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5 Reasons Your Marriage Might Be Miserable -- And What You Can Do to Change That

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As the founder of the Happy Wives Club, a community of more than 600,000 women in over 110 countries around the world, I have the benefit of engaging with hundreds of wives daily about the principals of a happy marriage.

In 2012, I traveled to 12 countries on six continents to interview couples happily married 25 years of more for my book Happy Wives Club. What I discovered was the difference between happy couples and miserable ones was often found in their thought process. What they focused on daily became their life. Those whose focus was on all things their spouse did right each day seemed to find more and more things to be grateful for and gratitude, in each and every relationship, was the gateway to happiness and fulfilment.
Based on the research for my book, there are five reasons your marriage might be miserable.

1. Your focus is on you. Ralph Waldo Emerson brilliantly said, "Happiness is a perfume you cannot pour on others without getting some on yourself." We live in an individualistic society, one that tells us "me first" is what is most important. In marriage, that can't be further from the truth. In giving with an open and loving heart, you will receive in return.

Some call this karma. Some look at it as the principal of what you sow is what you reap. Whatever you want to call it, this I know for sure: In traveling the world and interviewing couples happily married 25 years or more for my book, Happy Wives Club, this was a common denominator among them all. Their focus was not on themselves, it was on the gratitude they have for everything their spouse does right and an appreciation for each other's differences.

2. You think you should be married to yourself. I love this quote by business consultant Sandra Steen, "If both of us are identical then one of us is unnecessary." There are over 7 billion people in the world. And yet you -- yes, you -- chose your spouse. What was it about them that made you forsake all others and pledge to remain together 'til death do you part? What was it about their unique personality that drew you to them?

One of the worst mistakes we make after saying "I do" is to begin a new molding and shaping process of our spouses. You have a lot of roles to play in the life of your spouse but molder should not be one of them. Supporter, yes. Encourager, absolutely. If you were looking to marry someone identical to yourself, you probably should have remained single. But if you want to take your marriage from miserable to happy, accepting each other's differences is paramount.

3. You're missing the point of marriage. Marriage is meant to make you stronger, not weaker. It is the greatest partnership in the world. When utilized properly, it allows you to succeed in life like no other relationship. William Galston (White House Administration) was once quoted as saying, "You need only do three things in this country to avoid poverty -- finish high school, marry before having a child, and marry after the age of 20. Only 8 percent of the families who do this are poor; 79 percent of those who fail to do this are poor."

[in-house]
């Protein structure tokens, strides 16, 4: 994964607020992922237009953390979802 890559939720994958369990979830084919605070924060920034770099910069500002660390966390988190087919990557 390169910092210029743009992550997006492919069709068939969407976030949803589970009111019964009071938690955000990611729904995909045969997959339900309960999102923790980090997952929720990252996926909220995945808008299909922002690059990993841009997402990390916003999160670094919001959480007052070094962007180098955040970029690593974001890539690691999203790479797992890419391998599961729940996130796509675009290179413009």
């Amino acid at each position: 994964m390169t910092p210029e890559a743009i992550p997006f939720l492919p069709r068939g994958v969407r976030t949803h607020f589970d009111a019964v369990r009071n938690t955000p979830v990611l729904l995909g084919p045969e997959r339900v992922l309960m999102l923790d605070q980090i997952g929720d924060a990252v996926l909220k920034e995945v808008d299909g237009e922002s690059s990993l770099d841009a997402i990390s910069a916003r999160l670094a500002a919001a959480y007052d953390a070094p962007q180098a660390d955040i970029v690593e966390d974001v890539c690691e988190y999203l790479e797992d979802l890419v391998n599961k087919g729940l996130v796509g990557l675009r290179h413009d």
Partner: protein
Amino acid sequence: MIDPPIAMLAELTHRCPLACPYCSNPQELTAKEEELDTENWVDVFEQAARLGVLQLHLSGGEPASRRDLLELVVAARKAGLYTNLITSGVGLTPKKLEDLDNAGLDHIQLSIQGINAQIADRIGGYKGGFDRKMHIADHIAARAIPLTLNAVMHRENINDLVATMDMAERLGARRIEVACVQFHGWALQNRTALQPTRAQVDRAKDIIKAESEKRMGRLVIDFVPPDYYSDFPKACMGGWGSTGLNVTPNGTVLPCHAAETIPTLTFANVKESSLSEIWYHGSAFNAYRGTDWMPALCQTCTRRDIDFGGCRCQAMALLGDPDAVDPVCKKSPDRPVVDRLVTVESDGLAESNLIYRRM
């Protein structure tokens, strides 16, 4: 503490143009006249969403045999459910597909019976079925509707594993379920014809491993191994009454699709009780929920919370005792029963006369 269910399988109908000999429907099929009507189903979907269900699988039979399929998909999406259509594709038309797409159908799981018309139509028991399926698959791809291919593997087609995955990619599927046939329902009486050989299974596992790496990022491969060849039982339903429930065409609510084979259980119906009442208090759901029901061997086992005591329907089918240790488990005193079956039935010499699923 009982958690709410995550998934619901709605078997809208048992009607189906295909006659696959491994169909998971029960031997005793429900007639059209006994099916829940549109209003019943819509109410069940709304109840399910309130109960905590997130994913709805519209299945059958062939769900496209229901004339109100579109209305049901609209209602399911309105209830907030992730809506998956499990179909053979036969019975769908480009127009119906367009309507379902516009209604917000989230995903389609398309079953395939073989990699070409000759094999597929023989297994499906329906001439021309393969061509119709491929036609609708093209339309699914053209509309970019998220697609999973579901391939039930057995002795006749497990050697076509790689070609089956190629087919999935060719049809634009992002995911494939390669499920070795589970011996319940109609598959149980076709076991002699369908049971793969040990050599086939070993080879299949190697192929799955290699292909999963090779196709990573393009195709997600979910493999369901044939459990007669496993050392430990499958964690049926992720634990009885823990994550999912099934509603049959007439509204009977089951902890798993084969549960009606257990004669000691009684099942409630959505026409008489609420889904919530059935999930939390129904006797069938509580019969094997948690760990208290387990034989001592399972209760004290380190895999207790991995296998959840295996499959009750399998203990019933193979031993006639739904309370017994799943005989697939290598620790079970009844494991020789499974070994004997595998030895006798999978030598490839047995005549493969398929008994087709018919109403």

A marriage rooted in a genuine partnership allows you to climb twice as high, go double the distance and oftentimes in half the time. Similar to a relay race, you may only run the first leg of the race, but as long as your partner finishes, you get credit for the entire thing. Marriage can be the most beneficial union of your life, if you look at it that way. You have a built-in support system that singles simply don't have. So, use that to your advantage! Figure out how you and your spouse can team up to succeed in life and to reach your highest dreams.

4. You still think marriage is about you. When Seth Adam Smith wrote the viral post, "Marriage Isn't For You," he set the web on fire. And although it set tongues wagging and sent opinions flying, what he said was spot on. Successful and happy couples understand this very important principal: Marriage is not about you. Yes, marriage should be wonderful but marriage is not meant not to make you happy. If you were a miserable person going into marriage, you will be a miserable person married.

Happiness must always come from within, never from without. The beauty of marriage is in the giving. It is in the loving of another person so deeply that you would give everything you have to make them happy. And in return, they will do the same. Again, you can call it karma, you can call it sowing and reaping, I simply call it a fact in the lives of those I've interviewed whose marriages have stood the tests of time.

5. You look into a mirage and believe it will quench your thirst. One of the most detrimental things we can do in marriage is to begin (even if only subconsciously) looking for a plan B. Tom Robbins once said, "We waste time looking for the perfect lover, instead of creating the perfect love."

Statistics show that 67 percent of those who get remarried end in divorce and 73 percent of third marriages end almost as quickly as they began. There is a reason for this. The perfect lover is a mirage. It doesn't exist. No marriage is perfect because it involves two imperfect people. But at least, what you have now is real. Couples who choose to cultivate the marriage they are in, rather than looking externally for happiness, find that what they've been seeking so desperately was right in front of them the entire time.

There are 12 universal secrets to a happy marriage you can apply to your own relationship each and every day. You can find them in my newly released book, Happy Wives Club. It's been described as Eat, Pray, Love meets The 5 Love Languages but I simply call it inspiring. The couples I interviewed inspired me, revolutionized my own marriage, and I trust they will do the same for you.